Also have a look at the article in the Baltic Times

July 30, 2007 at 12:18 pm 1 comment

Lithuanian swimmer Urbonas intending to return both to Baltic Sea, English Channel

Urbonas in the Baltic Sea, by V. Sciavinskas
Accoriding to the Lithuanian daily Lietuvos Rytas, obstructed from carrying out his plans to cross the Baltic Sea by bad weather, Vidmantas Urbonas intends to return to the sea and finish the project.
Urbonas intends to finish the swim from the spot where he was forced to stop by the elements in the nearest future, as soon as a more favourable weather forecast comes.

In future, he also intends to cross the English Channel as well, a thing he already attempted to do one year ago but was unable to finish the swim due to bad weather.

Read more…  There is also an article in the Baltic Times

July 30, 2007 at 10:19 am 1 comment

Vidmantas Urbonas had to terminate his swim across the Baltic Sea

The logo of the raceVidmantas Urbonas had to discontinue his race to cross the Baltic Sea due to weather conditions.  The remaining 95km of the race are still to be conquered in the future Vidmantas Urbonas is convinced!

According to the sportsman the main objective of the race has been achieved.  He wanted to draw attention to the Baltic Sea’s pollution and this was done due to a intensive media coverage of the race.

See more…

July 29, 2007 at 12:43 pm Leave a comment

Nashi and De-Stalinization of Russia

PutinEdward Lucas published an article about Stalin’s rehabilitation in Russia and a camp for a recent Nashi or Putinjungend summer camp near Moscow.

Nashi has a Baltic connection.  The term Nashi was coined by Nevzorov, the anchor of the Russian TV program 600 Seconds. In January 1991 Nevzorov produced a documentary and a controversial series of TV reports from Vilnius titled Ours (Nashi), about the actions of the Soviet spetsnaz during the January Events, when the Soviet military forces attempted to crush the declared independence of the Lithuania, in which Nevzorov was markedly sympathetic to Soviet actions. As a freelance journalist Jules Evans wrote, reporting from the Soviet Union:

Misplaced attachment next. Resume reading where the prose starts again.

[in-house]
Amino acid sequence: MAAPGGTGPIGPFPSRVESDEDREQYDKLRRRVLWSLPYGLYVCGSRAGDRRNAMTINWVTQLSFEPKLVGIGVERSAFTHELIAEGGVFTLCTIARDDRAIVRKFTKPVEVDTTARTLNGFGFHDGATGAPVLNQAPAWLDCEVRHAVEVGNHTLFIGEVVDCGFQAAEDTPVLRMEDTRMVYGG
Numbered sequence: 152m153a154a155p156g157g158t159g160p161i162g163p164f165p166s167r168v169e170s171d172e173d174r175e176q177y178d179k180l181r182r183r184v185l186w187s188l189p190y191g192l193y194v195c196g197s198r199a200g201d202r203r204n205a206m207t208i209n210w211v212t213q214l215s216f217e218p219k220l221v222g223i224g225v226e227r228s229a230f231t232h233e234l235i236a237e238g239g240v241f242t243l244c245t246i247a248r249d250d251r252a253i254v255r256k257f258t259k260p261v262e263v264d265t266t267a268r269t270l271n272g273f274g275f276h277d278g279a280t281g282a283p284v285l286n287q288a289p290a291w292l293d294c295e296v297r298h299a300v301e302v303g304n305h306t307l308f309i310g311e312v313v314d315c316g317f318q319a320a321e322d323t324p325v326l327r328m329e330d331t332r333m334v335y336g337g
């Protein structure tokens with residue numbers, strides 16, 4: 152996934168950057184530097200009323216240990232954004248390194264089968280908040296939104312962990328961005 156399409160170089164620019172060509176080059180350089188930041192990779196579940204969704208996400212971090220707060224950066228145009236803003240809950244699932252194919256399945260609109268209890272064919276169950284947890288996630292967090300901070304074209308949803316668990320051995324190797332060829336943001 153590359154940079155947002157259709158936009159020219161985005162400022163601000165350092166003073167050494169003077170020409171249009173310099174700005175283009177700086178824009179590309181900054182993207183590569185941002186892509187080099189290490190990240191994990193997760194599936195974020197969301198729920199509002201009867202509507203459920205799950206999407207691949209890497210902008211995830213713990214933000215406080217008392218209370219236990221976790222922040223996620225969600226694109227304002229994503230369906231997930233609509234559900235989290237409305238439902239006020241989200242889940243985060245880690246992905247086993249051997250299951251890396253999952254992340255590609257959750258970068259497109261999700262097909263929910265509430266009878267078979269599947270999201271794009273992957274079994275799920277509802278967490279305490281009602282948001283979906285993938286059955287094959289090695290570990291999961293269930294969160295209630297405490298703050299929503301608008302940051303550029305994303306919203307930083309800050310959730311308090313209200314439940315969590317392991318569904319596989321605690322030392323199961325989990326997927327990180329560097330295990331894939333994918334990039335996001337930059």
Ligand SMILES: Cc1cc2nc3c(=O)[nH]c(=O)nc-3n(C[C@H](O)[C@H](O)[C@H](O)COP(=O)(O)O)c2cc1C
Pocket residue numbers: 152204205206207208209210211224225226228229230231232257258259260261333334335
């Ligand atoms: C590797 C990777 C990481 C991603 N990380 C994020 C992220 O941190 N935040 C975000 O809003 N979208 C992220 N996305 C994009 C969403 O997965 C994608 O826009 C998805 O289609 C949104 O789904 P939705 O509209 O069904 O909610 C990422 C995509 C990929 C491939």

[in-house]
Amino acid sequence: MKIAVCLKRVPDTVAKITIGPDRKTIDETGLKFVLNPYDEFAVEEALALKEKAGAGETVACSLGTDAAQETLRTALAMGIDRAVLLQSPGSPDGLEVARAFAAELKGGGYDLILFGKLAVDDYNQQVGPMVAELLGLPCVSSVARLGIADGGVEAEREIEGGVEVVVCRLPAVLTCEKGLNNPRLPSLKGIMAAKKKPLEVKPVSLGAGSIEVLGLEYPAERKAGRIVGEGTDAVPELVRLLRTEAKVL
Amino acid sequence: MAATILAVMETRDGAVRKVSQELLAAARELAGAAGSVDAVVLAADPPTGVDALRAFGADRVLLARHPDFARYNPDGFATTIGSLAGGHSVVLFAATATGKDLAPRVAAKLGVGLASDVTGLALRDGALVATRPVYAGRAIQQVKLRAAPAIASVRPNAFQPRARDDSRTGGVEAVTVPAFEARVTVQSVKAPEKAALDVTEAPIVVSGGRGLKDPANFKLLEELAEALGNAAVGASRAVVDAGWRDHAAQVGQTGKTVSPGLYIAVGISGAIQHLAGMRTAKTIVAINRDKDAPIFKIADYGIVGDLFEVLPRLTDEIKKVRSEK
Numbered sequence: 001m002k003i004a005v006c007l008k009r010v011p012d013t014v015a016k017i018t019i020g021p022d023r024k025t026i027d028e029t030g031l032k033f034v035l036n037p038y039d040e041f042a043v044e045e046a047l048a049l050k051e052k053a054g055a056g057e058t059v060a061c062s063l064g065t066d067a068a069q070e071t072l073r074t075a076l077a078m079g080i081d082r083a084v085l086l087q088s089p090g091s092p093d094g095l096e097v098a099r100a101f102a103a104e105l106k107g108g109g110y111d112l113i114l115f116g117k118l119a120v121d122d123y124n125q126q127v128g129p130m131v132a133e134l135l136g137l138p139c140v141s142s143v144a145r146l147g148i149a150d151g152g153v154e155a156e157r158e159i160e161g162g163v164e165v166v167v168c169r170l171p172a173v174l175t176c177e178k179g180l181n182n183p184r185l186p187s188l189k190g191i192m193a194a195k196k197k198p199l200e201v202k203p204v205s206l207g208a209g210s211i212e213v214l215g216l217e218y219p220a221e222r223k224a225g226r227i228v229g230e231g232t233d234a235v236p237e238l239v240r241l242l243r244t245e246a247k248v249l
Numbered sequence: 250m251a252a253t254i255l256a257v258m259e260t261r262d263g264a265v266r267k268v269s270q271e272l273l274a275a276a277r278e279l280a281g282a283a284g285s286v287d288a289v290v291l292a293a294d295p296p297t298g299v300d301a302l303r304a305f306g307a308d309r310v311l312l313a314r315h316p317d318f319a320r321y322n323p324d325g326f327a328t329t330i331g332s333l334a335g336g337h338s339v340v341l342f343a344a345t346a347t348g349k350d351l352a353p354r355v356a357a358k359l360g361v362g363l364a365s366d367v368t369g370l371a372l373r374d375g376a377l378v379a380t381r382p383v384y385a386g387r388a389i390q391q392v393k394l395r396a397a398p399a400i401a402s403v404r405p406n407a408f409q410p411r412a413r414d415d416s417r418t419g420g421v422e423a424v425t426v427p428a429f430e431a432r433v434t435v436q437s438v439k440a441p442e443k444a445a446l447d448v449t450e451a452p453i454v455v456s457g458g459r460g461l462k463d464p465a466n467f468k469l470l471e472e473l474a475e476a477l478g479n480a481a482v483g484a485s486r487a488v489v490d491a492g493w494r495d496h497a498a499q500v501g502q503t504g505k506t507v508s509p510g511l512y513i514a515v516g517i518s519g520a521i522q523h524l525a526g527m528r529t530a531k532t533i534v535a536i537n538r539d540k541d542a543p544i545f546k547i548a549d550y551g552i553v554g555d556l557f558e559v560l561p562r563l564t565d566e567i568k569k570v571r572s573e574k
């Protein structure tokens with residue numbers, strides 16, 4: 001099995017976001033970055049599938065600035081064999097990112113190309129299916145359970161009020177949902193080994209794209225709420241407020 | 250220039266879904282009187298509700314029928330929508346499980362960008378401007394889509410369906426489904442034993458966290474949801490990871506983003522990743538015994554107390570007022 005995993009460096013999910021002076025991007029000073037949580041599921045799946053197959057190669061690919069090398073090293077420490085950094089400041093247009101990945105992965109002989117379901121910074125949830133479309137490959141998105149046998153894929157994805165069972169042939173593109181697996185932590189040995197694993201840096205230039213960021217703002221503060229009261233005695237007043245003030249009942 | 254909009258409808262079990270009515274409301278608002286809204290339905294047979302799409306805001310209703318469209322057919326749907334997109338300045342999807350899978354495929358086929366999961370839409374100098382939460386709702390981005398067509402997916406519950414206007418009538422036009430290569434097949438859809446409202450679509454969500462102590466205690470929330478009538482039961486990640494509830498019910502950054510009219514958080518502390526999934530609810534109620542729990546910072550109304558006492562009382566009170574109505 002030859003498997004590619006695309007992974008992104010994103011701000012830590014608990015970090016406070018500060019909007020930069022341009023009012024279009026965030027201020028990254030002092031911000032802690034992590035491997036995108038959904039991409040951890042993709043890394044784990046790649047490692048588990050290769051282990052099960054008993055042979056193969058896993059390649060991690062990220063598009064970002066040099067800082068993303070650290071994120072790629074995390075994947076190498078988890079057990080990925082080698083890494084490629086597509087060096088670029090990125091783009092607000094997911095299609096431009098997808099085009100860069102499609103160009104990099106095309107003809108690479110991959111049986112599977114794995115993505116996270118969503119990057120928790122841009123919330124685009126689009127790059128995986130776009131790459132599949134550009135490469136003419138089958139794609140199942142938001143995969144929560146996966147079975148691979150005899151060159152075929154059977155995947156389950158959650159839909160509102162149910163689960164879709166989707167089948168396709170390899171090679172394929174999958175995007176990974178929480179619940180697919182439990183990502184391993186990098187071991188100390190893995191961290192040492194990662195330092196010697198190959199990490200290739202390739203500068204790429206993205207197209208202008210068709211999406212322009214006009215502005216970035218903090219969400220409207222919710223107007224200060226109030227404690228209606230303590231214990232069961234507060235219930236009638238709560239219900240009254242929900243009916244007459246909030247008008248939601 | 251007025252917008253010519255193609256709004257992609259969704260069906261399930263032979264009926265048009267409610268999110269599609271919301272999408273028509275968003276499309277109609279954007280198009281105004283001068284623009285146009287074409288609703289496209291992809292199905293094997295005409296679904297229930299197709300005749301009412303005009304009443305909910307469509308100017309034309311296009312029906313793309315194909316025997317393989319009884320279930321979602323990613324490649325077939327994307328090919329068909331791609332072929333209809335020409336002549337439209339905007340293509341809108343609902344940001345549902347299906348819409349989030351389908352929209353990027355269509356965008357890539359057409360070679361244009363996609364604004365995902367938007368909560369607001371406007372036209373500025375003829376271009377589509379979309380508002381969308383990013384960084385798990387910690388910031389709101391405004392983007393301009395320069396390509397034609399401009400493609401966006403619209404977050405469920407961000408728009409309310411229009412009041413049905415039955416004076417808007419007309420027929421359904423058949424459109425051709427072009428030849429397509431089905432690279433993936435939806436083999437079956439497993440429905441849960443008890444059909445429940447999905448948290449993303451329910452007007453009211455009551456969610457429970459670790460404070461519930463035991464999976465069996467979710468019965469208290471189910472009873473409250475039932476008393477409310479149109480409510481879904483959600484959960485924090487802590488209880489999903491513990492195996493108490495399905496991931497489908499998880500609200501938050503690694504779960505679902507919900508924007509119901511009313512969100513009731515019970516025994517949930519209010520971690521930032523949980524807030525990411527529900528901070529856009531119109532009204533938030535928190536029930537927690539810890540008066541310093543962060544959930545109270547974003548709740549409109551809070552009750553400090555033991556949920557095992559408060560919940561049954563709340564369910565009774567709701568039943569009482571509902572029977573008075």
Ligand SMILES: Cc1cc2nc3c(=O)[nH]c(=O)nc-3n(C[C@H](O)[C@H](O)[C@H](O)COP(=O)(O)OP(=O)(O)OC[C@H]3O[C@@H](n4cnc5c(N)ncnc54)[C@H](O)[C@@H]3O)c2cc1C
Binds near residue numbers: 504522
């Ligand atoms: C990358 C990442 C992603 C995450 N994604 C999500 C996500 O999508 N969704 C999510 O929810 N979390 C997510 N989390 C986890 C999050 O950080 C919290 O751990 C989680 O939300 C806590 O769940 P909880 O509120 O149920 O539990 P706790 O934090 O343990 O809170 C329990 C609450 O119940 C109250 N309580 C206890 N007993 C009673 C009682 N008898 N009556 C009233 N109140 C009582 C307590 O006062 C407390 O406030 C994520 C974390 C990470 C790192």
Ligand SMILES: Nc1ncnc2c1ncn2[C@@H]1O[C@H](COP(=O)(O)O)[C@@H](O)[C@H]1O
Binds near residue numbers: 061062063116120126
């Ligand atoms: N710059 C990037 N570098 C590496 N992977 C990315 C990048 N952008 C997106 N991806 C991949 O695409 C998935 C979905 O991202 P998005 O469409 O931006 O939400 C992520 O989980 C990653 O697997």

“the journalist Aleksander Nevzorov appeared on TV, standing in front of the demonstrators in Lithuania holding a Kalashnikov. To the music of Richard Wagner (a German), Nevzorov declared the birth of a new Idea – ‘Nashi’. “Nashi is a circle of people – let it be enormous, colossal, multimillions – to whom one is related by common language, blood, and motherland.” 

That is about Nashi.  Lucas is also writes about the De – Stalinisation of the Russian history.  The most striking aspect of distortion of Russia’s history is that this is happening not in the completely totalitarian state or in a ’sovereign democracy’ which is still rather soft, even though it is getting tougher.  All of it is taking place in the state where there are plenty of alternative sources of information, at least for now.

The Russians are returning to the distorted history more or less on their own accord and will.  During the Soviet days there was no alternative, no Internet, everything was under a strict control.  People were forced to believe in great a Stalin who made one or two mistakes.

The Russian academics don’t protest, the elites are happy.  Even the only Russia’s hope, rising middle class, is accepting all of these lies.

In 2001 in my last Russian history class at the University of Edinburgh our tutor, who was teaching the Russian History all his academic life, announced that we are his last class.  He would not teach anything about Russia because he was extremely disappointed in developments in Russia.  That was 2001 and the great historian already saw the direction Russia was taken.  Maybe the policymakers should more listen to the historians.  By understanding history you see the future clearer.

July 28, 2007 at 8:18 pm Leave a comment